And now onto something sweeter than blood – Sweet Tea!
National Sweet Tea Day is a day to enjoy the pleasures of a refreshing glass of iced sweet tea. The difference between sweet tea and iced tea is that sweetener is added to the tea at the time of brewing. National Iced Tea Day is celebrated on June 10.

To celebrate National Sweet Tea Day, I’ll be enjoying a sweetened Earl Grey tea. To pay tribute to the contribution Elizabeth Bathory has made to vampire mythology, I’ll be adding a slice of blood orange. It won’t be chilled either as I believe that tea, like blood, should be served warm.

Happy Drinking!

Imbolc Delight

As the wheel slowly turns toward Spring in the southern hemisphere, many are getting ready to celebrate Imbolc on August 1st.

Imbolc is the mid-point between the Winter Solstice and the Spring Equinox. It brings the promise of Spring in the midst of cold Winter weather. Nights are still cold but the days are warming as nature begins to slowly awaken from a Winter slumber. It’s a beautiful time of year and one of my favourites.

One of the things I like to start thinking about at Imbolc is spring cleaning. This year I began with my pantry and found a bottle of rose syrup that I had forgotten I had. I decided to use some of it to make a rose syrup jelly (jello) that reminds me of Turkish delight. Rose syrup is a syrup made from rose water with sugar added. If you don’t have rose syrup you can use rose water but you may have to add extra sugar to get that sweet flavour of Turkish delight.

I added hibiscus tea to my jelly as I wanted to get a nice pink colour. I also find the tartness of hibiscus balances out the sweetness of the rose syrup. If you don’t have hibiscus tea, you can add food colouring or just enjoy the almost pink blush of the jelly.

Rose Syrup Jelly

Ingredients
1 cup water
1/4 cup sugar
1 titanium strength gelatine leaf*
1 tablespoon rose syrup
1 tablespoon hibiscus flower tea leaves
cream for serving (optional)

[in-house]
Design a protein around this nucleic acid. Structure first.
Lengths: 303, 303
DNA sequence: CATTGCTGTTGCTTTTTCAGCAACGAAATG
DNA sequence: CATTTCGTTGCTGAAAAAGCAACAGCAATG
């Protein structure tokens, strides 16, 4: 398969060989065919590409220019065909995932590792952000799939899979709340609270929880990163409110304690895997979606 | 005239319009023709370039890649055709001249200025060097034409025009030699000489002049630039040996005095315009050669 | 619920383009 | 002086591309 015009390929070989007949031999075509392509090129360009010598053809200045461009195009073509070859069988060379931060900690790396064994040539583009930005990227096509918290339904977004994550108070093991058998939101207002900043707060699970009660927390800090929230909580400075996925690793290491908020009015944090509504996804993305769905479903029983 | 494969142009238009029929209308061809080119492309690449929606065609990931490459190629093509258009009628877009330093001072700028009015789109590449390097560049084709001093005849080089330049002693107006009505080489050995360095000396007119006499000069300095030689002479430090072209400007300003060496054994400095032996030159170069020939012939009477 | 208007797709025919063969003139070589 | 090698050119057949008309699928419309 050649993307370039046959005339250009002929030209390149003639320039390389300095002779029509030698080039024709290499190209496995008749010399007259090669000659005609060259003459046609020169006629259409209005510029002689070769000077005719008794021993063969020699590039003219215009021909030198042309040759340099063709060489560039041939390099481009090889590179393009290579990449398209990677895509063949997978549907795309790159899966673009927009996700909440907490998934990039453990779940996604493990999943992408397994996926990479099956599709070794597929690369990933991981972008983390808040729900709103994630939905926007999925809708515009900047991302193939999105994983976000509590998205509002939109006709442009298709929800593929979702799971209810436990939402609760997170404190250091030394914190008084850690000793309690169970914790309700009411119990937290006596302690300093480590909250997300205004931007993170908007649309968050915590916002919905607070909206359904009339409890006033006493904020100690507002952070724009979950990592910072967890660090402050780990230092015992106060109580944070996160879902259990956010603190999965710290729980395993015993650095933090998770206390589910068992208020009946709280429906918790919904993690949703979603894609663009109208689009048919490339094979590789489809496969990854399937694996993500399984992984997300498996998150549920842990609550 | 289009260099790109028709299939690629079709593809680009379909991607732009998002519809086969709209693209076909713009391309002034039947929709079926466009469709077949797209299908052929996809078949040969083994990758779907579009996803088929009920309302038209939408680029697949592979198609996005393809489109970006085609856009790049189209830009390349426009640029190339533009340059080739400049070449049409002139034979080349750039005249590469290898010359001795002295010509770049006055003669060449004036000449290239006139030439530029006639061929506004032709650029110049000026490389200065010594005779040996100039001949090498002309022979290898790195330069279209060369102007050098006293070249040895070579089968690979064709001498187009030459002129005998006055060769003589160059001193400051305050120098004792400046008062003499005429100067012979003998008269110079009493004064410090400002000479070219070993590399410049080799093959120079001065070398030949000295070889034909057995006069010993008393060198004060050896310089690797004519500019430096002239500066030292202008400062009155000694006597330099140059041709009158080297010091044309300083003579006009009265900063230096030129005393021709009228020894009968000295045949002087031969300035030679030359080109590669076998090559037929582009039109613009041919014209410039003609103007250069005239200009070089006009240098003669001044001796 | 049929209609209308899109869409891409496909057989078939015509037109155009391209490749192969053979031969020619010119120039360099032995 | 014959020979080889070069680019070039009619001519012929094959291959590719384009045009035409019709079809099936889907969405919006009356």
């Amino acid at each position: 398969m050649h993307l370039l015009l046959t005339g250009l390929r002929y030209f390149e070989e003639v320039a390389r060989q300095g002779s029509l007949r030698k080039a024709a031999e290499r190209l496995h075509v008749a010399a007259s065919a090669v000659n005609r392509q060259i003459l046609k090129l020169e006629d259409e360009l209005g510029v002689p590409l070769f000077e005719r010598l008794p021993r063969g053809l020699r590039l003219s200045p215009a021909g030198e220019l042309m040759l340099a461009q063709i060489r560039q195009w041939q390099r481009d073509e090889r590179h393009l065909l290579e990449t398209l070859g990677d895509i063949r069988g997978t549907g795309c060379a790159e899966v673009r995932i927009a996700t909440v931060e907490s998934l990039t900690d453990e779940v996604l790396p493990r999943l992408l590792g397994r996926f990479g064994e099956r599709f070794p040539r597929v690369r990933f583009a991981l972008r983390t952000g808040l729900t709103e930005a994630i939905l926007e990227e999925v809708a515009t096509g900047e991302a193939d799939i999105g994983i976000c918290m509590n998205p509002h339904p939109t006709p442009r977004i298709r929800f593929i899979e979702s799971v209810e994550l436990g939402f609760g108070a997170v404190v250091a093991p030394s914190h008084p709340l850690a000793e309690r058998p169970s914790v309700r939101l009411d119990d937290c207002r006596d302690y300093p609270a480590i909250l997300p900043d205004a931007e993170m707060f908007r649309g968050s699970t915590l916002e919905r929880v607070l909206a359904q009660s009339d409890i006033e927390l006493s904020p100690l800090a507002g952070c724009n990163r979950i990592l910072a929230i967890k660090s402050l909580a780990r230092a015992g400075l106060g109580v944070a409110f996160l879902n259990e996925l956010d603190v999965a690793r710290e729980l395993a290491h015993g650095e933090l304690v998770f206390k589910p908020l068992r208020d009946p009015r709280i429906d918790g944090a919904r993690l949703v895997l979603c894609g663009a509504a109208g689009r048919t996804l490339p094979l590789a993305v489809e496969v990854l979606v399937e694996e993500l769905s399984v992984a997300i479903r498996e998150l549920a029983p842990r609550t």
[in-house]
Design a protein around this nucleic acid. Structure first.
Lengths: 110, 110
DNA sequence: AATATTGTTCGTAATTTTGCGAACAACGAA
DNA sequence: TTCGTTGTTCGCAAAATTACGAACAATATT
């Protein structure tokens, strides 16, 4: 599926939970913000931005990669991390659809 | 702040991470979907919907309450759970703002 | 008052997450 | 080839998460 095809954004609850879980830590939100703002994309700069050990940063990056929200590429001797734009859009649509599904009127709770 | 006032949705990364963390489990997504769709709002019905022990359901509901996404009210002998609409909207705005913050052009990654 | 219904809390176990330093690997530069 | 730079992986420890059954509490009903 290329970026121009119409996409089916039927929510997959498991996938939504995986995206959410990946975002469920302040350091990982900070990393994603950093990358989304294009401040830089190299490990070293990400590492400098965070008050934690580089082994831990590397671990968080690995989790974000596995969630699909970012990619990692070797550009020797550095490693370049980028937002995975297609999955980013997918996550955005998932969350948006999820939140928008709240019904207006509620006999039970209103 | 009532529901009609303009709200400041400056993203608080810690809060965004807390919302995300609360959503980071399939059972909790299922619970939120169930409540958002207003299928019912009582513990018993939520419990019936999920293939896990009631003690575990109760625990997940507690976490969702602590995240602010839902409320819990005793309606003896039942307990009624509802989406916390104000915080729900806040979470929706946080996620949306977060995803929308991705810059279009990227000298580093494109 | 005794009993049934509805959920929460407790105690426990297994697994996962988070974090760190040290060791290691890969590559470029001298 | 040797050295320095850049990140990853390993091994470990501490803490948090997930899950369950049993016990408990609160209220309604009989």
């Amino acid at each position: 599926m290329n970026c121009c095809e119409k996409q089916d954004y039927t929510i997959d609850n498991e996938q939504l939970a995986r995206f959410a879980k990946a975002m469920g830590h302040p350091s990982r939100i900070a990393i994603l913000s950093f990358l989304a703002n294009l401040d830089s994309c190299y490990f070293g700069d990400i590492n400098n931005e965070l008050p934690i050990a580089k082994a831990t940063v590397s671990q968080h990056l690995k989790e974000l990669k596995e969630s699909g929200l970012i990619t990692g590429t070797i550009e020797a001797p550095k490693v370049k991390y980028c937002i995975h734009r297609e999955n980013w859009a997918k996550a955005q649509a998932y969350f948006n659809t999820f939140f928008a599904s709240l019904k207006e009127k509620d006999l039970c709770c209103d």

Instructions
Soak gelatine sheet in cold water for 5 minutes.
While the gelatine is soaking, place the water and sugar in a small saucepan and gently heat until the sugar has dissolved.
Squeeze out gelatine sheet and add to the saucepan.
Remove from heat.
Stir once or twice until the gelatine has melted.
Stir in the rose syrup and hibiscus tea.
Steep for 3-5 minutes.
Strain into a heatproof jug.
Allow to cool then pour into serving bowls or glasses.
Cover and refrigerate until set.
Serve with cream if desired.

*check the strength of your gelatine leaves and use as many as you need to set 1 cup of liquid.

Some Assembly Required

National Cream Tea Day is a British food day that is celebrated on the last Friday in June. This year it was celebrated on June 24th. I didn’t get to celebrate on Friday, but any day is a great day to celebrate the delight that is a cream tea!

National Cream Tea Day was created by two companies, one that specialises in cream – Rodda’s Clotted Cream and one that specialise in jams and preserves – Wilkin and Sons Tiptree. National Cream Tea Day is a fun day that encourages people to get together over a cream tea and raise money for charities. Both companies donate cream and jam for events through their joint organisation, The Cream Tea Society.

Apart from cream and jam, a cream tea needs scones to dollop the cream and jam onto, and lots of tea to wash them down with. The scone recipe I’ve chosen is not a classic British recipe but one from an Ikea cookbook called Hey Flavours! Children’s First Cookbook. Luckily you won’t need an Allen key to assemble these scones! If you’d like to know more about cream teas, and what order you should put the cream and jam on your scone, you can go to my previous post, The Battle Of The Cream Tea.

Scones
I was drawn to these scones as they are made with yoghurt instead of milk, which sounds delicious! I’ve tested them thoroughly and they do also taste delicious.

Ingredients
1 + 1/2 cups plain flour
2 teaspoons baking powder
1/4 teaspoon sea salt
50g unsalted butter, cut into small pieces
3/4 cup yoghurt

for serving
jam
cream
tea

Instructions
Preheat oven to 200C / 400F.
Line a baking tray with baking paper.
Mix the flour, baking powder and salt in a bowl.
Add the butter and, using your fingers, rub it into the flour.
Add the yoghurt and mix into a dough.
Place dough onto a floured surface and flatten until approximately 2cm thick.
Use a glass or cookie cutter to cut into round shapes.
Place onto prepared tray and sprinkle with a little flour.
Bake for 10 – 12 minutes.

The Halloween “Pom” Queen

Sunday the 30th of April is southern hemisphere Halloween! There are so many ways to celebrate this most auspicious of nights. This year I’ll be celebrating the seasonal coronation of Persephone as she once again embraces her role as the Queen of the Underworld.

Persephone spends Spring and Summer in the land of the living and Autumn and Winter in the land of the dead. During the Autumn Equinox, Persephone makes her descent into the Underworld. On Halloween, we celebrate the seasonal coronation of Persephone as she regains her crown and guides us through the remaining dark half of the year.